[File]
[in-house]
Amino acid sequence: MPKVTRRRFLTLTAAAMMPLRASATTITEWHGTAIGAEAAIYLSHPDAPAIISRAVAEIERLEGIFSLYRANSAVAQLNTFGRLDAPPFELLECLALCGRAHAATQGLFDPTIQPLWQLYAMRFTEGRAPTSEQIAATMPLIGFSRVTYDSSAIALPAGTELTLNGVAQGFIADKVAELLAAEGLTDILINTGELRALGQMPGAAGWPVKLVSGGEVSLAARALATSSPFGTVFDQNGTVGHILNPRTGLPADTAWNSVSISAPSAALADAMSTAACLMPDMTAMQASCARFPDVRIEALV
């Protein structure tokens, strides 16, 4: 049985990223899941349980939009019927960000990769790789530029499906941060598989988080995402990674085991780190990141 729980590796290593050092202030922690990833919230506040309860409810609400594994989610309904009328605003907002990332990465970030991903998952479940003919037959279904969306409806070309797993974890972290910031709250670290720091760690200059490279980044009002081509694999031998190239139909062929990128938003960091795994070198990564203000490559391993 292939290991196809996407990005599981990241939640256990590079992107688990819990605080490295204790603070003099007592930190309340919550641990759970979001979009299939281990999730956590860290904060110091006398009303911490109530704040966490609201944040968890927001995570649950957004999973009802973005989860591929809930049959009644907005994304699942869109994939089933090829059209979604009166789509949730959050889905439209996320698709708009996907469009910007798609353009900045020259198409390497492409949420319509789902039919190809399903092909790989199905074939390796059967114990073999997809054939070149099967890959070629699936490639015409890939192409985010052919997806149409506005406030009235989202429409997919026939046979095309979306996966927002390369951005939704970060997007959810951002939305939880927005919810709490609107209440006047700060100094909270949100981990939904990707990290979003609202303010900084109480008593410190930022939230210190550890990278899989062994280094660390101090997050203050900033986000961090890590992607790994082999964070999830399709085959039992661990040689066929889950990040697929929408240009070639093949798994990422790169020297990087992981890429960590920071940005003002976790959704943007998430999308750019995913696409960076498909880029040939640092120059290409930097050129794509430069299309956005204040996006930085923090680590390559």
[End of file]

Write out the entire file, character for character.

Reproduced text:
[in-house]
Amino acid sequence: MPKVTRRRFLTLTAAAMMPLRASATTITEWHGTAIGAEAAIYLSHPDAPAIISRAVAEIERLEGIFSLYRANSAVAQLNTFGRLDAPPFELLECLALCGRAHAATQGLFDPTIQPLWQLYAMRFTEGRAPTSEQIAATMPLIGFSRVTYDSSAIALPAGTELTLNGVAQGFIADKVAELLAAEGLTDILINTGELRALGQMPGAAGWPVKLVSGGEVSLAARALATSSPFGTVFDQNGTVGHILNPRTGLPADTAWNSVSISAPSAALADAMSTAACLMPDMTAMQASCARFPDVRIEALV
């Protein structure tokens, strides 16, 4: 049985990223899941349980939009019927960000990769790789530029499906941060598989988080995402990674085991780190990141 729980590796290593050092202030922690990833919230506040309860409810609400594994989610309904009328605003907002990332990465970030991903998952479940003919037959279904969306409806070309797993974890972290910031709250670290720091760690200059490279980044009002081509694999031998190239139909062929990128938003960091795994070198990564203000490559391993 292939290991196809996407990005599981990241939640256990590079992107688990819990605080490295204790603070003099007592930190309340919550641990759970979001979009299939281990999730956590860290904060110091006398009303911490109530704040966490609201944040968890927001995570649950957004999973009802973005989860591929809930049959009644907005994304699942869109994939089933090829059209979604009166789509949730959050889905439209996320698709708009996907469009910007798609353009900045020259198409390497492409949420319509789902039919190809399903092909790989199905074939390796059967114990073999997809054939070149099967890959070629699936490639015409890939192409985010052919997806149409506005406030009235989202429409997919026939046979095309979306996966927002390369951005939704970060997007959810951002939305939880927005919810709490609107209440006047700060100094909270949100981990939904990707990290979003609202303010900084109480008593410190930022939230210190550890990278899989062994280094660390101090997050203050900033986000961090890590992607790994082999964070999830399709085959039992661990040689066929889950990040697929929408240009070639093949798994990422790169020297990087992981890429960590920071940005003002976790959704943007998430999308750019995913696409960076498909880029040939640092120059290409930097050129794509430069299309956005204040996006930085923090680590390559």